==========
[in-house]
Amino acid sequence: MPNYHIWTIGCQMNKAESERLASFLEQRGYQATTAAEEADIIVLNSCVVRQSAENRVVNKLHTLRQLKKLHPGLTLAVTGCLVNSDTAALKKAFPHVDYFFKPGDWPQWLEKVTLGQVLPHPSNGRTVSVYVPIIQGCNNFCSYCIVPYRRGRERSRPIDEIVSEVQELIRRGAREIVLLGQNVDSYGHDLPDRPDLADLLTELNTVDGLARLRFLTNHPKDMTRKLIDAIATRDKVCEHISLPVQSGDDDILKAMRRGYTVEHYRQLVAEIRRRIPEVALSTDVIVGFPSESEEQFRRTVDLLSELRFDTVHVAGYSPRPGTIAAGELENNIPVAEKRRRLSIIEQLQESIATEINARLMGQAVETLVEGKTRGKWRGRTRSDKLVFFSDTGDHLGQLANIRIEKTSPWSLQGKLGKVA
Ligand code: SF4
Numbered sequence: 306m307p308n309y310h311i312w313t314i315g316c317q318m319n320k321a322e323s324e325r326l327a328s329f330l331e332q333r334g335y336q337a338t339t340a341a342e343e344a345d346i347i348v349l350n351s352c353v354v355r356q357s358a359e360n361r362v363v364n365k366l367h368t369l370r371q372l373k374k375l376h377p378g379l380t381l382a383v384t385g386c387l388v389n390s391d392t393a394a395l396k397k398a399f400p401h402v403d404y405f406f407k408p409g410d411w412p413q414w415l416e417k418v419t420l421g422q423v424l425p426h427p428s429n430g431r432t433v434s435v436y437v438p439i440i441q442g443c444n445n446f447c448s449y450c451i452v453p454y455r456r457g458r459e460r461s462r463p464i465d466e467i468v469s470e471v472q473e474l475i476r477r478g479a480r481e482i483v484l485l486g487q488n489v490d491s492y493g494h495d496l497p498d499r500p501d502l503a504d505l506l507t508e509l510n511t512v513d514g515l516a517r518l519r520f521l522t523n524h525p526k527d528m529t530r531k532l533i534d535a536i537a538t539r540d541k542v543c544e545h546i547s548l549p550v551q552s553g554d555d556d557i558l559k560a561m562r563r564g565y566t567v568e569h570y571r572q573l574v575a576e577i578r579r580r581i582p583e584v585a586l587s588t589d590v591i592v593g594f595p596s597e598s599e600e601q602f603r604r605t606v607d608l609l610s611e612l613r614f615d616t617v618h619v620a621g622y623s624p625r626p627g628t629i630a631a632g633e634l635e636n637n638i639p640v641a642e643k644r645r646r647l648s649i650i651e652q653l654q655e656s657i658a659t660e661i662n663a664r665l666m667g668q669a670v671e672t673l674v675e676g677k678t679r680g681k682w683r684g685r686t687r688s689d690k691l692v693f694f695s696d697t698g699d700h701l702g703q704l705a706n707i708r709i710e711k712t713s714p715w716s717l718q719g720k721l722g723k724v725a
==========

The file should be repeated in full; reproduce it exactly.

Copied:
[in-house]
Amino acid sequence: MPNYHIWTIGCQMNKAESERLASFLEQRGYQATTAAEEADIIVLNSCVVRQSAENRVVNKLHTLRQLKKLHPGLTLAVTGCLVNSDTAALKKAFPHVDYFFKPGDWPQWLEKVTLGQVLPHPSNGRTVSVYVPIIQGCNNFCSYCIVPYRRGRERSRPIDEIVSEVQELIRRGAREIVLLGQNVDSYGHDLPDRPDLADLLTELNTVDGLARLRFLTNHPKDMTRKLIDAIATRDKVCEHISLPVQSGDDDILKAMRRGYTVEHYRQLVAEIRRRIPEVALSTDVIVGFPSESEEQFRRTVDLLSELRFDTVHVAGYSPRPGTIAAGELENNIPVAEKRRRLSIIEQLQESIATEINARLMGQAVETLVEGKTRGKWRGRTRSDKLVFFSDTGDHLGQLANIRIEKTSPWSLQGKLGKVA
Ligand code: SF4
Numbered sequence: 306m307p308n309y310h311i312w313t314i315g316c317q318m319n320k321a322e323s324e325r326l327a328s329f330l331e332q333r334g335y336q337a338t339t340a341a342e343e344a345d346i347i348v349l350n351s352c353v354v355r356q357s358a359e360n361r362v363v364n365k366l367h368t369l370r371q372l373k374k375l376h377p378g379l380t381l382a383v384t385g386c387l388v389n390s391d392t393a394a395l396k397k398a399f400p401h402v403d404y405f406f407k408p409g410d411w412p413q414w415l416e417k418v419t420l421g422q423v424l425p426h427p428s429n430g431r432t433v434s435v436y437v438p439i440i441q442g443c444n445n446f447c448s449y450c451i452v453p454y455r456r457g458r459e460r461s462r463p464i465d466e467i468v469s470e471v472q473e474l475i476r477r478g479a480r481e482i483v484l485l486g487q488n489v490d491s492y493g494h495d496l497p498d499r500p501d502l503a504d505l506l507t508e509l510n511t512v513d514g515l516a517r518l519r520f521l522t523n524h525p526k527d528m529t530r531k532l533i534d535a536i537a538t539r540d541k542v543c544e545h546i547s548l549p550v551q552s553g554d555d556d557i558l559k560a561m562r563r564g565y566t567v568e569h570y571r572q573l574v575a576e577i578r579r580r581i582p583e584v585a586l587s588t589d590v591i592v593g594f595p596s597e598s599e600e601q602f603r604r605t606v607d608l609l610s611e612l613r614f615d616t617v618h619v620a621g622y623s624p625r626p627g628t629i630a631a632g633e634l635e636n637n638i639p640v641a642e643k644r645r646r647l648s649i650i651e652q653l654q655e656s657i658a659t660e661i662n663a664r665l666m667g668q669a670v671e672t673l674v675e676g677k678t679r680g681k682w683r684g685r686t687r688s689d690k691l692v693f694f695s696d697t698g699d700h701l702g703q704l705a706n707i708r709i710e711k712t713s714p715w716s717l718q719g720k721l722g723k724v725a